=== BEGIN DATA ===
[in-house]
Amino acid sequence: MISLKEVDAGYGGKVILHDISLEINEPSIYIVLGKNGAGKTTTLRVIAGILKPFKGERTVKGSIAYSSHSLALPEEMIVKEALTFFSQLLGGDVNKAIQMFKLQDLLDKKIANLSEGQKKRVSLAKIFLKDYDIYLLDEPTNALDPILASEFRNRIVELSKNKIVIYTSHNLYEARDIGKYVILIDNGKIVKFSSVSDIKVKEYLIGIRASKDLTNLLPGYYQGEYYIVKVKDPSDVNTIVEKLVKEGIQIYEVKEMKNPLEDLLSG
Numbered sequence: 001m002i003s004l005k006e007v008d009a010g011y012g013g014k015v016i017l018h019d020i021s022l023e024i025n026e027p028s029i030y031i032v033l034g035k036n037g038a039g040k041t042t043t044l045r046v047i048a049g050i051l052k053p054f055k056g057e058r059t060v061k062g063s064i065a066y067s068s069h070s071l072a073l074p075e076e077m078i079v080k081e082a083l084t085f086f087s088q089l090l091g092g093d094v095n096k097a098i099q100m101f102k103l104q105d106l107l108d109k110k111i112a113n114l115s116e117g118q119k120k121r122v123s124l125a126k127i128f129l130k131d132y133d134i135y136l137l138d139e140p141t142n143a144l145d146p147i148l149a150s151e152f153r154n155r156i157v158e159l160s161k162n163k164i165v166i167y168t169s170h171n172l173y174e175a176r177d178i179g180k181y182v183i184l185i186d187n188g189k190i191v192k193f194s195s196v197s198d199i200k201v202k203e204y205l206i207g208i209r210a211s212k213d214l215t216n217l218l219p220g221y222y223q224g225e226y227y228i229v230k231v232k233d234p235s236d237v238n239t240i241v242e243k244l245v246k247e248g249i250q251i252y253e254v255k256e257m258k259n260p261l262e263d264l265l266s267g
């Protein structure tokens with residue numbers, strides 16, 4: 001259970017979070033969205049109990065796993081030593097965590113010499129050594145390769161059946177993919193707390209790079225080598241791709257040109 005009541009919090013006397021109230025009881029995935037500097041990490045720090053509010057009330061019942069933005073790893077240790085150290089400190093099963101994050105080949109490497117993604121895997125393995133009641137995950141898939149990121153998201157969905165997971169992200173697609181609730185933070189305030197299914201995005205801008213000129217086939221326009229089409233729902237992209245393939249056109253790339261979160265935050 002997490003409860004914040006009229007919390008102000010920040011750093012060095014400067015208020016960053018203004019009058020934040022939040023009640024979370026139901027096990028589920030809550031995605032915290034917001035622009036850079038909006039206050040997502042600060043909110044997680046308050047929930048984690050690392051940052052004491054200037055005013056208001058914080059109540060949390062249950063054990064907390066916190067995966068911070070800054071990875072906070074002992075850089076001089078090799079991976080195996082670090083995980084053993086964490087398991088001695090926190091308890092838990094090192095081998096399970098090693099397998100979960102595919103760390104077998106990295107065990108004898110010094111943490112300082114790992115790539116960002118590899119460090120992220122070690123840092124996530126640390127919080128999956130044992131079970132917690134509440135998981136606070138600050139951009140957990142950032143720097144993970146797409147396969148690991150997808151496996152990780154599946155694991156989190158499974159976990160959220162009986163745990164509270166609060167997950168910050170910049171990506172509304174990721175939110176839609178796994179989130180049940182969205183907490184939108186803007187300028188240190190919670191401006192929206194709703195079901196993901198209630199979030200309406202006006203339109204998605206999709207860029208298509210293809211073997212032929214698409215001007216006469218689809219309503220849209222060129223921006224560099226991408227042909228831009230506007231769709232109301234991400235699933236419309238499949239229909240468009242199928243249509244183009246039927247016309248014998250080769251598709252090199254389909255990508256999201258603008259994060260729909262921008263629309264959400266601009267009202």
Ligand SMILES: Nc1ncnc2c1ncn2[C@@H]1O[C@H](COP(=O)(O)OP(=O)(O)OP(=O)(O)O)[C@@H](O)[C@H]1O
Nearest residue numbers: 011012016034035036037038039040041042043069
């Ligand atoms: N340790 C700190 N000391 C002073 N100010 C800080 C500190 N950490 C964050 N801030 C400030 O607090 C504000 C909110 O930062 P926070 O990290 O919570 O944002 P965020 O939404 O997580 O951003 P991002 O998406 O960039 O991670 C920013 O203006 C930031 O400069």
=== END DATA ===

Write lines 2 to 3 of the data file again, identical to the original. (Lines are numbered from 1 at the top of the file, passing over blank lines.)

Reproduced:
Amino acid sequence: MISLKEVDAGYGGKVILHDISLEINEPSIYIVLGKNGAGKTTTLRVIAGILKPFKGERTVKGSIAYSSHSLALPEEMIVKEALTFFSQLLGGDVNKAIQMFKLQDLLDKKIANLSEGQKKRVSLAKIFLKDYDIYLLDEPTNALDPILASEFRNRIVELSKNKIVIYTSHNLYEARDIGKYVILIDNGKIVKFSSVSDIKVKEYLIGIRASKDLTNLLPGYYQGEYYIVKVKDPSDVNTIVEKLVKEGIQIYEVKEMKNPLEDLLSG
Numbered sequence: 001m002i003s004l005k006e007v008d009a010g011y012g013g014k015v016i017l018h019d020i021s022l023e024i025n026e027p028s029i030y031i032v033l034g035k036n037g038a039g040k041t042t043t044l045r046v047i048a049g050i051l052k053p054f055k056g057e058r059t060v061k062g063s064i065a066y067s068s069h070s071l072a073l074p075e076e077m078i079v080k081e082a083l084t085f086f087s088q089l090l091g092g093d094v095n096k097a098i099q100m101f102k103l104q105d106l107l108d109k110k111i112a113n114l115s116e117g118q119k120k121r122v123s124l125a126k127i128f129l130k131d132y133d134i135y136l137l138d139e140p141t142n143a144l145d146p147i148l149a150s151e152f153r154n155r156i157v158e159l160s161k162n163k164i165v166i167y168t169s170h171n172l173y174e175a176r177d178i179g180k181y182v183i184l185i186d187n188g189k190i191v192k193f194s195s196v197s198d199i200k201v202k203e204y205l206i207g208i209r210a211s212k213d214l215t216n217l218l219p220g221y222y223q224g225e226y227y228i229v230k231v232k233d234p235s236d237v238n239t240i241v242e243k244l245v246k247e248g249i250q251i252y253e254v255k256e257m258k259n260p261l262e263d264l265l266s267g